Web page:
Chinese Tai Chi Swords are a variation of the Jian: a straight, double edged, one handed sword with a blade length of around 28 to 30".
The traditional Jian was a sharp, folded and differentially tempered blade that in the hands of a skilled practitioner could strike through gaps in an opponents armor and slice exposed flesh with frightening precision.
While reproductions of traditionally constructed Jian are still available, they tend to run into the US$600+ price range, and are (obviously) largely unnecessary for a modern Tai Chi practitioner.
Essentially, at least for the beginning student, there are no strict requirements and specifications for modern Tai Chi practice swords. Since test cutting, high speed strikes and blade on blade contact is not a part of traditional Chinese Tai Chi swords practice - the simplest mass produced stainless steel sword will usually suffice. In fact the only requirements for a decent Jian suitable for Tai Chi practice is a lightweight and well balanced blade.
Surprisingly, the overwhelming majority of cheap Chinese Tai Chi Swords in the US$30 price mark are actually not badly balanced - with a point of balance only a few inches from the hand guard, though most are a bit lighter than they should be...
Some, like the one pictured above, have images of dragons or other mythological creatures etched into the blade and are not unattractive. Most (though by no means all) have tassels attached to the pommel (the tassel is generally to ensure that alignment of the blade and arms is in accord, but was also used in some styles to distract an opponent by flicking in into their face). The majority have a threaded tang secured with a single pommel nut instead of a traditionally peened pommel.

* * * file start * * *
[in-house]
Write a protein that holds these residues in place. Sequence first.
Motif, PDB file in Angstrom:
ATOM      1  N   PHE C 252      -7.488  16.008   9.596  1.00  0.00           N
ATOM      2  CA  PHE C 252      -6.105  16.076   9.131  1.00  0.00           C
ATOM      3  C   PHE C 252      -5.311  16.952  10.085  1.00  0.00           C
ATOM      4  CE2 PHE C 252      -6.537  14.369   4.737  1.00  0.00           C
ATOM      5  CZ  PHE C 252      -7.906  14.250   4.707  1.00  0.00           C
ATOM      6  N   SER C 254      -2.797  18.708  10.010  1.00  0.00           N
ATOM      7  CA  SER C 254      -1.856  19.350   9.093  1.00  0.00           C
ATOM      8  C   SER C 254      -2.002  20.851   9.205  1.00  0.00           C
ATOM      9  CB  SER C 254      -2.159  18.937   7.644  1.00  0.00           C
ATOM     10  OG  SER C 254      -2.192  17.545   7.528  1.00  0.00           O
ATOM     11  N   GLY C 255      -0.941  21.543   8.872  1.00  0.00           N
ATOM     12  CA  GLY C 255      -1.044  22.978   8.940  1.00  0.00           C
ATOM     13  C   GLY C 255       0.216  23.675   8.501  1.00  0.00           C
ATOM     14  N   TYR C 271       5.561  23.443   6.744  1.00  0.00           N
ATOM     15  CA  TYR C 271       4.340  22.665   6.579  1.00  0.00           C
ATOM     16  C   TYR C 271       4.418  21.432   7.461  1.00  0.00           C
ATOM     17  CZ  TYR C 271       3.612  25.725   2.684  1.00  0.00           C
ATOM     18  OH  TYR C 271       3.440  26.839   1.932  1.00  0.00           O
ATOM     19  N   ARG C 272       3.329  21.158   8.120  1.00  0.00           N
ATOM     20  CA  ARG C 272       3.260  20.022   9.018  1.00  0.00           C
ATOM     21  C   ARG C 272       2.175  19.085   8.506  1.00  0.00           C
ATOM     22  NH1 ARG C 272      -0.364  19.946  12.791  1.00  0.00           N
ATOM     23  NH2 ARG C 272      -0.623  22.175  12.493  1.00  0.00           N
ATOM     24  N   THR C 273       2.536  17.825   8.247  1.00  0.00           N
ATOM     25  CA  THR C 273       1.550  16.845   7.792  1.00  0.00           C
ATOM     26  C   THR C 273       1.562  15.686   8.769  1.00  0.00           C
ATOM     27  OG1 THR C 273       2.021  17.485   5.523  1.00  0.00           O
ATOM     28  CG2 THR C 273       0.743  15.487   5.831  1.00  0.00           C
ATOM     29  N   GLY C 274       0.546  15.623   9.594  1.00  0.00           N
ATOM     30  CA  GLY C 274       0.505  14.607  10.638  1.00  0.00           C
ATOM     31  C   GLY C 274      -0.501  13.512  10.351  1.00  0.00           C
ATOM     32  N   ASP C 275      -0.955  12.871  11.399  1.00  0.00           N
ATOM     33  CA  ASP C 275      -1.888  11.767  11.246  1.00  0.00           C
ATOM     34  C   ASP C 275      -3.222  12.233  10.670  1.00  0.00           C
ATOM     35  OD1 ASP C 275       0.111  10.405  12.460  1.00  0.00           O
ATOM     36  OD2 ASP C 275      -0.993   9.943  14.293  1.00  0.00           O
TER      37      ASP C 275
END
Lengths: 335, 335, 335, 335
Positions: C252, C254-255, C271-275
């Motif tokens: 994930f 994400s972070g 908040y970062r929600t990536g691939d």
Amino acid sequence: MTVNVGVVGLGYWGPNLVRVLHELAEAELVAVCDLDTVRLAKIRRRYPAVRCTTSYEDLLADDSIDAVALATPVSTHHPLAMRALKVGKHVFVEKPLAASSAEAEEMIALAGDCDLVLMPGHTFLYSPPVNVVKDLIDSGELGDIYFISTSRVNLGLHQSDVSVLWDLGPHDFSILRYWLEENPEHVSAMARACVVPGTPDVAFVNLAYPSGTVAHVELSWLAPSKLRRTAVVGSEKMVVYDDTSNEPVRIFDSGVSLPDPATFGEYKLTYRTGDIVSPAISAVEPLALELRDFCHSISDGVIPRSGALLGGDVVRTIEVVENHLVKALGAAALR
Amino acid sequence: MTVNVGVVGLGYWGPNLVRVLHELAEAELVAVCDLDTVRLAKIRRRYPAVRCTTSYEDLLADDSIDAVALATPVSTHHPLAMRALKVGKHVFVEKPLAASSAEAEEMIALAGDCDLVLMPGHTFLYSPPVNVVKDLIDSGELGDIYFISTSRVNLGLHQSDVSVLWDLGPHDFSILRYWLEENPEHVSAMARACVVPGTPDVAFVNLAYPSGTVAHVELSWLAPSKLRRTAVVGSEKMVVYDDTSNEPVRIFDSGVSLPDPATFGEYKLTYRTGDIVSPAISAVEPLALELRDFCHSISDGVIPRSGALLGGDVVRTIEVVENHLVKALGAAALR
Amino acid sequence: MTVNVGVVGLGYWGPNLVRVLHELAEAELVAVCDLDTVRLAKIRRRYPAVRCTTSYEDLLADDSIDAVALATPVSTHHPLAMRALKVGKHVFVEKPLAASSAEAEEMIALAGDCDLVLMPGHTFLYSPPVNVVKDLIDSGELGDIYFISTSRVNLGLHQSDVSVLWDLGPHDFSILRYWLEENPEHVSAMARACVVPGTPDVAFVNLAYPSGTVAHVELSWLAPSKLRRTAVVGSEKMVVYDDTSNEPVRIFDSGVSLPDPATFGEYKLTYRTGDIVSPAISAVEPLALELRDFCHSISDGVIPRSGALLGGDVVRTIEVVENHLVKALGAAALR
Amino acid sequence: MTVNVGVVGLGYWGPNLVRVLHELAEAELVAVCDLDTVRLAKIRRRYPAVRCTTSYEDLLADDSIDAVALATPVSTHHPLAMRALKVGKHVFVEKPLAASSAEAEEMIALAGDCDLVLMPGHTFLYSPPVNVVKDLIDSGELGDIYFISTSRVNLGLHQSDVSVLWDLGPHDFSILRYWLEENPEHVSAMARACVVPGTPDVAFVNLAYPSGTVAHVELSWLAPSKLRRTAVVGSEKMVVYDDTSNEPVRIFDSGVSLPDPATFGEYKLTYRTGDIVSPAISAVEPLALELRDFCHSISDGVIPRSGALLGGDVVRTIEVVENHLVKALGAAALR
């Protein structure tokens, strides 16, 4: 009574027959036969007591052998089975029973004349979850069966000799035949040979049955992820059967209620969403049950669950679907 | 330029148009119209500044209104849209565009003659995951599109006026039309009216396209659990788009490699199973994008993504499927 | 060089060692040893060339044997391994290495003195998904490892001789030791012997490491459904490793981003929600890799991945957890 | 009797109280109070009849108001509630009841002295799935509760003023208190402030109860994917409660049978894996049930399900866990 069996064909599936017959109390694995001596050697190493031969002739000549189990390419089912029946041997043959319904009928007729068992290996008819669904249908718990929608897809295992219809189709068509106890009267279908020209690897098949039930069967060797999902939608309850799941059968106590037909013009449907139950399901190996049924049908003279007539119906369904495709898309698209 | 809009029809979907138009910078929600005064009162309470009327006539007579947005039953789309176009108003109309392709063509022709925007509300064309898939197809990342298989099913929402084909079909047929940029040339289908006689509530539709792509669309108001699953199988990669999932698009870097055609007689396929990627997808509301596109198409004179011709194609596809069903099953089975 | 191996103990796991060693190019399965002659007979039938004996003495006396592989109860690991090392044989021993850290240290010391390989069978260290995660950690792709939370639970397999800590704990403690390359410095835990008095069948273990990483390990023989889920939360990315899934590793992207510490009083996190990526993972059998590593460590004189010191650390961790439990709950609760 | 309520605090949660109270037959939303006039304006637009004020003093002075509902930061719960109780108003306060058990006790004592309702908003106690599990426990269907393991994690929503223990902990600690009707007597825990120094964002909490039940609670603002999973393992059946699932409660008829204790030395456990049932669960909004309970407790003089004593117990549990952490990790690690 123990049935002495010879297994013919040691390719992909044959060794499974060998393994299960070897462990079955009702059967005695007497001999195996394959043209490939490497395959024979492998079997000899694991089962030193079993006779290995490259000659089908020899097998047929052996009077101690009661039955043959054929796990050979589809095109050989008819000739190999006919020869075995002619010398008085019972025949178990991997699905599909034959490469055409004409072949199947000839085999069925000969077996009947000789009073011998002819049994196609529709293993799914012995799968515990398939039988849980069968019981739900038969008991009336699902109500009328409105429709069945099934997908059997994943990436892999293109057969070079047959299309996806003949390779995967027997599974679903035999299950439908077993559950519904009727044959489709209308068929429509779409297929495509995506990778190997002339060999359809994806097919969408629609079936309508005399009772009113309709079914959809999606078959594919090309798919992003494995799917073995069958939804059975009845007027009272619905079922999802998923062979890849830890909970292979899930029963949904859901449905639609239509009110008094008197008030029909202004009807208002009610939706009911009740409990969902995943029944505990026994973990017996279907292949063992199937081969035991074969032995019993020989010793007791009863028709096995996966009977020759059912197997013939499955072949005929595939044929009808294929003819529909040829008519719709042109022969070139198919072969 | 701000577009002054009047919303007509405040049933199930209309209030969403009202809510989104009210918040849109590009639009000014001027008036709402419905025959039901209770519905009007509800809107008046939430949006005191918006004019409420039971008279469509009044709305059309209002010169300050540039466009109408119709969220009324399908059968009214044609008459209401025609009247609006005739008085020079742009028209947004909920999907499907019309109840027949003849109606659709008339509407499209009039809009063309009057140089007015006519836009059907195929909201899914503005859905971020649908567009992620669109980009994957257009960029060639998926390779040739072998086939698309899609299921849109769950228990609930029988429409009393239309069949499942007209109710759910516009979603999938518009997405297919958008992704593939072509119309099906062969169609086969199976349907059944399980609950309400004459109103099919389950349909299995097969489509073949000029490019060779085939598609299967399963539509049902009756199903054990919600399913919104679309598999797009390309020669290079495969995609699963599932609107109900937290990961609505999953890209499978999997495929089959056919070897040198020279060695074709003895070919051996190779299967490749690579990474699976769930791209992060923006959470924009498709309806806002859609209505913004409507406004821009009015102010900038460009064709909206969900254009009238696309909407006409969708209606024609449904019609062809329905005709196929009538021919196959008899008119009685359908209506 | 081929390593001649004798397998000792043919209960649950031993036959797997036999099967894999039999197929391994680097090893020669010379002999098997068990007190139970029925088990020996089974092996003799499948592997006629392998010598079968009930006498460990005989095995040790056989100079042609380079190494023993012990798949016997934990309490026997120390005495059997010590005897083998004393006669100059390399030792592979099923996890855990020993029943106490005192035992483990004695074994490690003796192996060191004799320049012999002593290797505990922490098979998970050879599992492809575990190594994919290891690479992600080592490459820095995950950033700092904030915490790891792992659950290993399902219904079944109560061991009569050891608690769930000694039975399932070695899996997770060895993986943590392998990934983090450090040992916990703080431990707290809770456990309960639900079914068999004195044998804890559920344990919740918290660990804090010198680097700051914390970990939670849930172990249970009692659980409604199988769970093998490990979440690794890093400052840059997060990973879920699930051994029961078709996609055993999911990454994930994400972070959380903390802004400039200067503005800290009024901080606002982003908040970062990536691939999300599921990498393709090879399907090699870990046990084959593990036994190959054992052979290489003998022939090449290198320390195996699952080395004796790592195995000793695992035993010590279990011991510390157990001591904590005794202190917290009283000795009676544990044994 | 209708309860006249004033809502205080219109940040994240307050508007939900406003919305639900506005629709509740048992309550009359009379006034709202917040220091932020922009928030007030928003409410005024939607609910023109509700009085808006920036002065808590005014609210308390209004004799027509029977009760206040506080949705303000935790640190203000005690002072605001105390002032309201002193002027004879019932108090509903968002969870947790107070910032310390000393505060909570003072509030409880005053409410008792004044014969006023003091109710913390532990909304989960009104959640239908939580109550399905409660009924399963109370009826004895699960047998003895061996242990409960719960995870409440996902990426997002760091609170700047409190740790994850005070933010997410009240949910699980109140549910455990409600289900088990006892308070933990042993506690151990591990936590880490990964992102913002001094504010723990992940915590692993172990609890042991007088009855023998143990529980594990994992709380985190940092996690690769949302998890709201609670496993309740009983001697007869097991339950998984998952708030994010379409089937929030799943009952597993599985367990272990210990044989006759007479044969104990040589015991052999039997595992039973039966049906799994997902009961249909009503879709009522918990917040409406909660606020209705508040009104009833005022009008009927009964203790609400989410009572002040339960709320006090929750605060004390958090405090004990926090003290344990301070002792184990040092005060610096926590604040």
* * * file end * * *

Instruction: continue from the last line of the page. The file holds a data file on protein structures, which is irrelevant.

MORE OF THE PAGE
An interesting modern variation includes the extendable Tai Chi sword - which when folded down can easily fit into a glove compartment. These swords can be extended simply by pointing them down at the ground where they will lock into place and then shortened by pushing on the (blunted) tip. The balance of these swords is not generally as good as a solid blade, but they are very convenient and, well, actually kind of fun!
If you are looking for a better quality sword than the mass produced stainless models, (but don't want to spend US$600+) the best value for money choice is without a doubt the Practical Tai Chi Sword by Paul Chens Hanwei Forge.
Perfectly balanced, and made from high quality heat tempered high carbon steel, this sword is the ideal compromise between quality and price, selling online for just under US$100.
The difference in the quality of the blade and it's fittings is very noticeable compared to the mass produced stainless steel Jian and it is constructed in such a way that it can be wielded at high speeds without fear of failure, making it ideal not only for Tai Chi but also Gong Fu/Wushu practice.
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